Um.

Aug. 30th, 2014 09:22 pm
kaberett: Photograph of clementine with perplexed face drawn on. (clementine)
[personal profile] kaberett
Can people, like, talk to me about the economics of doing a PhD part time? Because I think I need to at least consider doing this part-time rather than full-time at least temporarily (witness the last month, the majority of which I have spent asleep and incapable of sitting upright for more than about 5 minutes without noticeable impact on brain function), but I'm terrified because I have no idea which of ESA, Housing Benefit etc I'd be eligible for, and how much of my savings I'd go through before they arrived, and if they'd even make up enough of the shortfall.

(no subject)

Date: 2014-08-30 09:04 pm (UTC)
sebastienne: (Borderville)
From: [personal profile] sebastienne
if your institution is anything like mine, you might be able to do this without officially moving to part-time status, by postponing milestones.

(I don't know how they do things where you are; at my place, there's a 'transfer of status' after 3 terms which can be moved as late as 5 terms)

so informally - in terms of what your work plans are with your supervisor - you could be working at part-time levels, towards a further-away deadline; but it won't make any official changes to your enrollment, entitlements, etc.

(sorry this month has been tough.)

(no subject)

Date: 2014-08-30 09:43 pm (UTC)
From: [personal profile] sidheag
Here, it isn't possible to change status to part time part way through a year - at least, according to my student who investigated doing so at one point. Though I did find this very surprising, and did not verify it; for her, the apparent need passed. Worth checking though, especially if you are just about on a year now.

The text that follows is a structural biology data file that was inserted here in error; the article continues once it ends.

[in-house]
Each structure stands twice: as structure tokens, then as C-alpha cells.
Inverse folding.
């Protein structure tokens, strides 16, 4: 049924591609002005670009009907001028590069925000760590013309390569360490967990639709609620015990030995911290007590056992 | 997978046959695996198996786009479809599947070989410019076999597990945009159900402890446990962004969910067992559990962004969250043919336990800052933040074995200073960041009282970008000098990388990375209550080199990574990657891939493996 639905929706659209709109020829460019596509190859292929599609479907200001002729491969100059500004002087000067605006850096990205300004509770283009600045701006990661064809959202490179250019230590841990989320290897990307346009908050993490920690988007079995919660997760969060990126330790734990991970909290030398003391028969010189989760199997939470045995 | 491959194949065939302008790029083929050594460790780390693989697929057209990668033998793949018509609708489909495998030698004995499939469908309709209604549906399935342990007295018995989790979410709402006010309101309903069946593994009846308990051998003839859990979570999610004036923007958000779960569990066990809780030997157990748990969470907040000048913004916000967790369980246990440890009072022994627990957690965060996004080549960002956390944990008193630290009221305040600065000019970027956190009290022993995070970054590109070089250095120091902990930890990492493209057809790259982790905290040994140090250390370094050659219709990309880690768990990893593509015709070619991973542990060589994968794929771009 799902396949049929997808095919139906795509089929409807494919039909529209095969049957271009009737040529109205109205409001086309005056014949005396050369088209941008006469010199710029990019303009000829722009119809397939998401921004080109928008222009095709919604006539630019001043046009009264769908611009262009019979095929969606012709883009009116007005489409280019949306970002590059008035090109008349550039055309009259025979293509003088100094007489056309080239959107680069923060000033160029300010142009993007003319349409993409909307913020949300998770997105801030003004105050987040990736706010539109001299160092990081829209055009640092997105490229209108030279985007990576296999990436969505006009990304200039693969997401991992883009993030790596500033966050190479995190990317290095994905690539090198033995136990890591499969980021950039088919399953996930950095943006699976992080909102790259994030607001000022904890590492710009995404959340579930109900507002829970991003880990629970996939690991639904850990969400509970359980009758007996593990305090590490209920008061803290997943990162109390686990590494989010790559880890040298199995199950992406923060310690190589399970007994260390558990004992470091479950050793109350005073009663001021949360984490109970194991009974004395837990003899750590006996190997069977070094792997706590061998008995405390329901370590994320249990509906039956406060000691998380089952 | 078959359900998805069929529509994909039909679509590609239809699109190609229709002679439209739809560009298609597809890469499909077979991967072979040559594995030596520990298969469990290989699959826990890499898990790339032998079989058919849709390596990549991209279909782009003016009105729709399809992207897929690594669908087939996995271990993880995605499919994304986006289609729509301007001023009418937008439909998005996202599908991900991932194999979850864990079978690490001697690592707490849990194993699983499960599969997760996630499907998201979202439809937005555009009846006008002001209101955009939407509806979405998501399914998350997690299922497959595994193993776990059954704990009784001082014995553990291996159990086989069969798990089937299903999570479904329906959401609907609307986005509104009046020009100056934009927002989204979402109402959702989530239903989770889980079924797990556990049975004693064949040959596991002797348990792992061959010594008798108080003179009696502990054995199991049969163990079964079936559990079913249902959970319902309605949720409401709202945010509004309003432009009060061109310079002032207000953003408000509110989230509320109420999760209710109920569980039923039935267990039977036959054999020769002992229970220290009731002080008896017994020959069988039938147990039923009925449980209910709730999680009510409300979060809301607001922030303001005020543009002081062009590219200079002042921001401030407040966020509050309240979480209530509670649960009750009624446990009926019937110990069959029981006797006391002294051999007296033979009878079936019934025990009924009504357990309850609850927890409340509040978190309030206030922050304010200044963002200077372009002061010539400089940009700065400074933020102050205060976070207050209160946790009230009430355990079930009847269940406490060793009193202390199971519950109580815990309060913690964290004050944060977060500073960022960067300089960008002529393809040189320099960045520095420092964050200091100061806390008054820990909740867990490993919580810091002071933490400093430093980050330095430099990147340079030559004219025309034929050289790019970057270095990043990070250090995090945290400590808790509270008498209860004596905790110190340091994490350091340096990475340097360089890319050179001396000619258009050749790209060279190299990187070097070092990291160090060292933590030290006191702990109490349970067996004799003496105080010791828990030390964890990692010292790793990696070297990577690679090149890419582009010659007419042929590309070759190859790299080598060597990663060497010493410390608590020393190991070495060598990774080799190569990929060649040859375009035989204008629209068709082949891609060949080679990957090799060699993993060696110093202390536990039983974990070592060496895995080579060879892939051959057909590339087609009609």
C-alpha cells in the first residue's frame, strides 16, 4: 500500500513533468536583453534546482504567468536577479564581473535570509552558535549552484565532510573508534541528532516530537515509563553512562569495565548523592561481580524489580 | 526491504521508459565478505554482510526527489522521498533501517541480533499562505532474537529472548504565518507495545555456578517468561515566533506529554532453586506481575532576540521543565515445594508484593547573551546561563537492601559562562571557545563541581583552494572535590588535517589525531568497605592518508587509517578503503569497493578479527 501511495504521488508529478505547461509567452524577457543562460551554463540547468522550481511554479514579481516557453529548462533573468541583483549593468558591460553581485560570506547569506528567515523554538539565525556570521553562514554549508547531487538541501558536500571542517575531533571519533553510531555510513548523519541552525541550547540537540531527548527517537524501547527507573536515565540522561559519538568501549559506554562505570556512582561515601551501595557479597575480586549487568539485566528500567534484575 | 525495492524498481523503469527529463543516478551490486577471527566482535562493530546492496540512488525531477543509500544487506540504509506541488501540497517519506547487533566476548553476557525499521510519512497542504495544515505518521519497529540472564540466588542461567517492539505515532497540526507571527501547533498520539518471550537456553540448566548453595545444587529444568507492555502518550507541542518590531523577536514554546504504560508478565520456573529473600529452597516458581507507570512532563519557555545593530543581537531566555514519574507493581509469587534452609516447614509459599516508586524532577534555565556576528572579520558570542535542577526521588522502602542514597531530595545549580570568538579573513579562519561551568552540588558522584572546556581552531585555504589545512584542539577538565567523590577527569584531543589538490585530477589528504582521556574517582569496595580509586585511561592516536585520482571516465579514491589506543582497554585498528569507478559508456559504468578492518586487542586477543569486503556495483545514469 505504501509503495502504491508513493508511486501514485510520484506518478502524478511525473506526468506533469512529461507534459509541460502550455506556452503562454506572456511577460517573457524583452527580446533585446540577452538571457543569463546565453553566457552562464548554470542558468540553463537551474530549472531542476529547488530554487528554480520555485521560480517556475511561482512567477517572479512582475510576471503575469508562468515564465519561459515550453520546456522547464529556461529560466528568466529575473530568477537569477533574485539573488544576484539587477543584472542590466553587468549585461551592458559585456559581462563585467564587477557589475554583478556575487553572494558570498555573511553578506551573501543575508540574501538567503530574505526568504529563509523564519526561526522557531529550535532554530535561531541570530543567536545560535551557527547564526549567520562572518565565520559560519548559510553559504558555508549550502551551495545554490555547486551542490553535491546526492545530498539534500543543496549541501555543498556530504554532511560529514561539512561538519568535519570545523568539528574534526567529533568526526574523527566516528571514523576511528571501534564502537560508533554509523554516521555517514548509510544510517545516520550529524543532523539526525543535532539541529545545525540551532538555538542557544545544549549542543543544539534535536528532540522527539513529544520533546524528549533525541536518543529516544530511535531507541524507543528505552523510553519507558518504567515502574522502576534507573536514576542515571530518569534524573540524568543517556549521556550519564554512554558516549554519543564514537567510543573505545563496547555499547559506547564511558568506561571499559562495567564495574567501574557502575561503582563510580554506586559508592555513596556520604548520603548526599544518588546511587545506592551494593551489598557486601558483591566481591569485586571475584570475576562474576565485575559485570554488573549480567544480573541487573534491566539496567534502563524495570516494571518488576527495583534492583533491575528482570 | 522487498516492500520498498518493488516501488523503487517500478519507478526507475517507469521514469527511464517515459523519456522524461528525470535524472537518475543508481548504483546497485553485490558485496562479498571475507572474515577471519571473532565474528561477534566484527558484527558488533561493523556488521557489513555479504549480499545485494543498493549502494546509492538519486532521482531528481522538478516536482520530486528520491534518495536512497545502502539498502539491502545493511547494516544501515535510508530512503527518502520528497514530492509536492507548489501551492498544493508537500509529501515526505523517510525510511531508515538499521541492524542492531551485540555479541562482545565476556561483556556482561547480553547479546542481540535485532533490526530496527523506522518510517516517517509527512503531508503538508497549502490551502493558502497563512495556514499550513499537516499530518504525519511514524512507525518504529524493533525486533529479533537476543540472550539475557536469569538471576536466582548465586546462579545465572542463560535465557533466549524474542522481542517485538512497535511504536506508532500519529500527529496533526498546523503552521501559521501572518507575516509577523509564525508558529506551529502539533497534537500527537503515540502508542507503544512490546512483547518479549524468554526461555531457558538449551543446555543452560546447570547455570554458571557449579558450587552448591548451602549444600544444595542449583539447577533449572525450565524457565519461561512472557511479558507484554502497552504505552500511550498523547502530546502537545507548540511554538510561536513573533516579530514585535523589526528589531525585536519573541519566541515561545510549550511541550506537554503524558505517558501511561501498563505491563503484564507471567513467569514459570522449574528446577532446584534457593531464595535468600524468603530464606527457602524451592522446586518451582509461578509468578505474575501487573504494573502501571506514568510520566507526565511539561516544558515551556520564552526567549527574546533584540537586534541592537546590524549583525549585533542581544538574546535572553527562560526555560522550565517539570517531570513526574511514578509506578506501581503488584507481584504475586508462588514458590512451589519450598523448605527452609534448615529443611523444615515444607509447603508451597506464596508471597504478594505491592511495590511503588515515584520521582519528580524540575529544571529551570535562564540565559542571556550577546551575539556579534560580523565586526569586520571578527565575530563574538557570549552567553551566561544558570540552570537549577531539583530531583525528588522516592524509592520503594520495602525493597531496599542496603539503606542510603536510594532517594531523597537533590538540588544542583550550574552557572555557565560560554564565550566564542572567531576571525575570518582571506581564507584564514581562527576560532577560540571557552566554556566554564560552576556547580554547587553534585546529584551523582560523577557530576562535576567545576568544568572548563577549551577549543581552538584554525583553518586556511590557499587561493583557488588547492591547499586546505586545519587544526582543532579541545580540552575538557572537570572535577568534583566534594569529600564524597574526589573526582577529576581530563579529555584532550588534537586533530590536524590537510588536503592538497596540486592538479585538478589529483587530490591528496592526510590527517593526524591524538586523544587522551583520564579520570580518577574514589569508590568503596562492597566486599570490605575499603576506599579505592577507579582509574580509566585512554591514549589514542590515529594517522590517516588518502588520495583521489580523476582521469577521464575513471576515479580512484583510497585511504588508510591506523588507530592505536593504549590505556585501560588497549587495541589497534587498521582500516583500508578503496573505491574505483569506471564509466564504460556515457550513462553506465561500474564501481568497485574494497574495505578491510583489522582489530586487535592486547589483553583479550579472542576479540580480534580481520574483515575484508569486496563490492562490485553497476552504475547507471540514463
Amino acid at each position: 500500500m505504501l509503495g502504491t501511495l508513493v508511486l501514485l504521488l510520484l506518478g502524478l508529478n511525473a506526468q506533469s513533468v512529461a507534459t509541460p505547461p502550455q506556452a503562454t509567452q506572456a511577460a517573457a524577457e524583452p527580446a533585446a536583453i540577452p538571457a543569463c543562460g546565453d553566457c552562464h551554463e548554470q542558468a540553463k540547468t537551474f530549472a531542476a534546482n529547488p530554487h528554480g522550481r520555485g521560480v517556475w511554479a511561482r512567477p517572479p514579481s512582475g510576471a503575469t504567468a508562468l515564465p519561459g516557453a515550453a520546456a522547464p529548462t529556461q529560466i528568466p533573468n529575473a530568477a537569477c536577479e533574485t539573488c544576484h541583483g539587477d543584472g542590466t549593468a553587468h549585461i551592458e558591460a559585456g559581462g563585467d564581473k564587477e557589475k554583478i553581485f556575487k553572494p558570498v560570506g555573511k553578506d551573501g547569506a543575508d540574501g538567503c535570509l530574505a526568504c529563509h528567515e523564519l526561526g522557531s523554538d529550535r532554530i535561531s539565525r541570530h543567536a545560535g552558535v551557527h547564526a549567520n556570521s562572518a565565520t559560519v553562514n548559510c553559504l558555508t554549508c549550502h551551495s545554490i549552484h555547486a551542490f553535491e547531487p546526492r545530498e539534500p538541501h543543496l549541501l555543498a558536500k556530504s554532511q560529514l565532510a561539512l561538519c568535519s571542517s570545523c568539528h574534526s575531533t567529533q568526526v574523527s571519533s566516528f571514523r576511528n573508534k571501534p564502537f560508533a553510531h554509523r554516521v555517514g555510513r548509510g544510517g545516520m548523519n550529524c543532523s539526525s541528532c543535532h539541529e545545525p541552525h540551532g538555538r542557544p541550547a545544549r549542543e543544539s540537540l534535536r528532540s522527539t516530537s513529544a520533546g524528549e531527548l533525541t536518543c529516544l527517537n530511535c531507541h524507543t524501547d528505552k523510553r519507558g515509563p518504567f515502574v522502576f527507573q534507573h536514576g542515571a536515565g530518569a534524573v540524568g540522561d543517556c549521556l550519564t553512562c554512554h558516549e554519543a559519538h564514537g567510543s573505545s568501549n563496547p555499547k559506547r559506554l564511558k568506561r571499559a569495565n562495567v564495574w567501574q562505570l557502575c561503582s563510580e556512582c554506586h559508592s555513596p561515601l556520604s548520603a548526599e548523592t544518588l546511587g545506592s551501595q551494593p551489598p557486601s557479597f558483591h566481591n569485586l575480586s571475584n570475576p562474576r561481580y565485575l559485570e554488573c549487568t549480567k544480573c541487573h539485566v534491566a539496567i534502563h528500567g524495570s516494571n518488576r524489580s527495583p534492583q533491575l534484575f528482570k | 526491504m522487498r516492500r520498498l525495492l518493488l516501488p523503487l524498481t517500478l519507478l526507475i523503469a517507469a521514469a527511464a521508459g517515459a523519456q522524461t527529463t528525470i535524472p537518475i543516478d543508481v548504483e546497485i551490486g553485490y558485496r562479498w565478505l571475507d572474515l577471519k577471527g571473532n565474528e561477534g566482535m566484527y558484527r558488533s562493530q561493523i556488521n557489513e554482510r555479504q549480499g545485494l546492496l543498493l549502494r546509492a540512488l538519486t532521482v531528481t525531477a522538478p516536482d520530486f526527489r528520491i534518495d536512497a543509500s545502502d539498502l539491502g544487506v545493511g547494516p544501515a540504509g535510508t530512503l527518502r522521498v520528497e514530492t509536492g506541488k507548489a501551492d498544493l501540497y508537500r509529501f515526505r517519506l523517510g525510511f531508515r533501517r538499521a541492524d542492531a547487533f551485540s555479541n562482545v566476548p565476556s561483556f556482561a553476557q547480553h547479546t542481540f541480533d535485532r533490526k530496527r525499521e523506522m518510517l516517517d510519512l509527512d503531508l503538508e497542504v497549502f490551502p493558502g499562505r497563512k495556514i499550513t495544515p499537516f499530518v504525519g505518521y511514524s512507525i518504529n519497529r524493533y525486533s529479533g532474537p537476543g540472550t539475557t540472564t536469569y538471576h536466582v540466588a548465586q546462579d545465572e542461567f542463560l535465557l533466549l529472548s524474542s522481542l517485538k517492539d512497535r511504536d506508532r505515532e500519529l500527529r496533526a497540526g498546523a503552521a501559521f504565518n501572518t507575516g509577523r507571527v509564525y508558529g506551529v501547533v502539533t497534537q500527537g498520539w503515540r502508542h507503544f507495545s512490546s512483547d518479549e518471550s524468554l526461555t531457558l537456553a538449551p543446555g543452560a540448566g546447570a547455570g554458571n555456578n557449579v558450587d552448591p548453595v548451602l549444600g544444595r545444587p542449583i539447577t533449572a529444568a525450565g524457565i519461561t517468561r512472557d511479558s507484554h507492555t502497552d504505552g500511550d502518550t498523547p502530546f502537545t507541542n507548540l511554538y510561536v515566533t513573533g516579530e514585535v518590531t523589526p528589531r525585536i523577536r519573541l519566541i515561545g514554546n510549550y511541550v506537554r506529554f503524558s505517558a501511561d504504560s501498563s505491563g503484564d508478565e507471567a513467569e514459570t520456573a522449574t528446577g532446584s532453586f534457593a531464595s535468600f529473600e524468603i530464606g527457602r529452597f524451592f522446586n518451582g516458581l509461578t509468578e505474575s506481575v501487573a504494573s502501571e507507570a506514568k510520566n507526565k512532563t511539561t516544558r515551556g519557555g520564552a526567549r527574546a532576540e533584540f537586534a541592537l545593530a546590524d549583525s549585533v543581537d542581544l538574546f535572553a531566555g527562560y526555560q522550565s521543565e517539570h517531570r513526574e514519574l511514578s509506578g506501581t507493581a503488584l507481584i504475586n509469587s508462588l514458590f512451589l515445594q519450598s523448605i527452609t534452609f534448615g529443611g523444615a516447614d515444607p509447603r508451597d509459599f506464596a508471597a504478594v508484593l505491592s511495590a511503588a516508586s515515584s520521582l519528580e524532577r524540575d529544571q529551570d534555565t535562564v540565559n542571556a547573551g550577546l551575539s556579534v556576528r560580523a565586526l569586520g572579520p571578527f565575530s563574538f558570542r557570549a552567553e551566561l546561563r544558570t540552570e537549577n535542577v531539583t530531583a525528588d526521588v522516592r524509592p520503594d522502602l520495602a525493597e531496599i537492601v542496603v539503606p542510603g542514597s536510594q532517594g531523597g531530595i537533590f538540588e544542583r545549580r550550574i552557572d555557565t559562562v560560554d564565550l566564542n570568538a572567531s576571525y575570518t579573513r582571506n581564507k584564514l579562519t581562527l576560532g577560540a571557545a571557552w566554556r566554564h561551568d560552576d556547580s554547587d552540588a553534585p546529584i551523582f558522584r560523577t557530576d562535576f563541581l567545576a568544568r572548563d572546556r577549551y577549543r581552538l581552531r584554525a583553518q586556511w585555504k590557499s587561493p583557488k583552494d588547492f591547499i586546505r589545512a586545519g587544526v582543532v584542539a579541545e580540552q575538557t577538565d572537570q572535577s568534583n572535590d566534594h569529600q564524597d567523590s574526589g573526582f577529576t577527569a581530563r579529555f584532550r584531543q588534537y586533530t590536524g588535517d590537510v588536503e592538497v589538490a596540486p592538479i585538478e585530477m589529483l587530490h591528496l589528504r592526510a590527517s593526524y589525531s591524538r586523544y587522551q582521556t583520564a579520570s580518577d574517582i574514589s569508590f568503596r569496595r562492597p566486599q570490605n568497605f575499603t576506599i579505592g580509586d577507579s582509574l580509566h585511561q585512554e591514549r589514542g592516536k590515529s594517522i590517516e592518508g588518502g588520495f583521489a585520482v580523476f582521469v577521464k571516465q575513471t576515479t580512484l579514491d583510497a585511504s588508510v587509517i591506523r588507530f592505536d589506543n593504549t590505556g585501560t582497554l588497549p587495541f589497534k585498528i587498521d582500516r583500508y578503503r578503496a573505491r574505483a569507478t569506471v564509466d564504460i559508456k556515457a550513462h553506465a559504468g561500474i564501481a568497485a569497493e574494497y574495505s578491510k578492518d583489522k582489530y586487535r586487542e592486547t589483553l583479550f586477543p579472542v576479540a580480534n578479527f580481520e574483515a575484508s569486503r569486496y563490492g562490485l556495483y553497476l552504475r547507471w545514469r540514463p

(no subject)

Date: 2014-08-30 11:29 pm (UTC)
karen2205: Me with proper sized mug of coffee (Default)
From: [personal profile] karen2205
You can claim ESA now anyway - you're eligible as a full time student in receipt of DLA.

Off the top of my head I don't know what counts as income for the purposes of ESA/what sort of funding you've got the PhD.

The same is true of Housing Benefit - as a full time disabled student you are entitled to claim, though I'm not sure what counts as income.

I can look this stuff up when I'm at work and have the right book to hand.

The other thing to check will be the arrangements you've got with whoever's funding your PhD - often for part time students the award is fees only not fees + studentship.

(no subject)

Date: 2014-08-31 12:09 am (UTC)
shehasathree: (Default)
From: [personal profile] shehasathree
sorry on comment on your specific situation but ALL the empathy. <333

(no subject)

Date: 2014-08-31 09:34 am (UTC)
tim: Tim with short hair, smiling, wearing a black jacket over a white T-shirt (Default)
From: [personal profile] tim
Like [personal profile] sebastienne, I suggest negotiating that informally if at all possible. Your advisor sounds pretty understanding from what you've written, and it's likely to be way easier to work something out with her than with the government.

(no subject)

Date: 2014-08-31 12:10 pm (UTC)
From: [personal profile] sidheag
Don't know whether you or sebastienne are currently in a university, but the reason this may need to be official is that universities are now under huge pressure to have PhD students finish inside four years - we lose funding for each one who doesn't. So informal part time is much less possible than it used to be.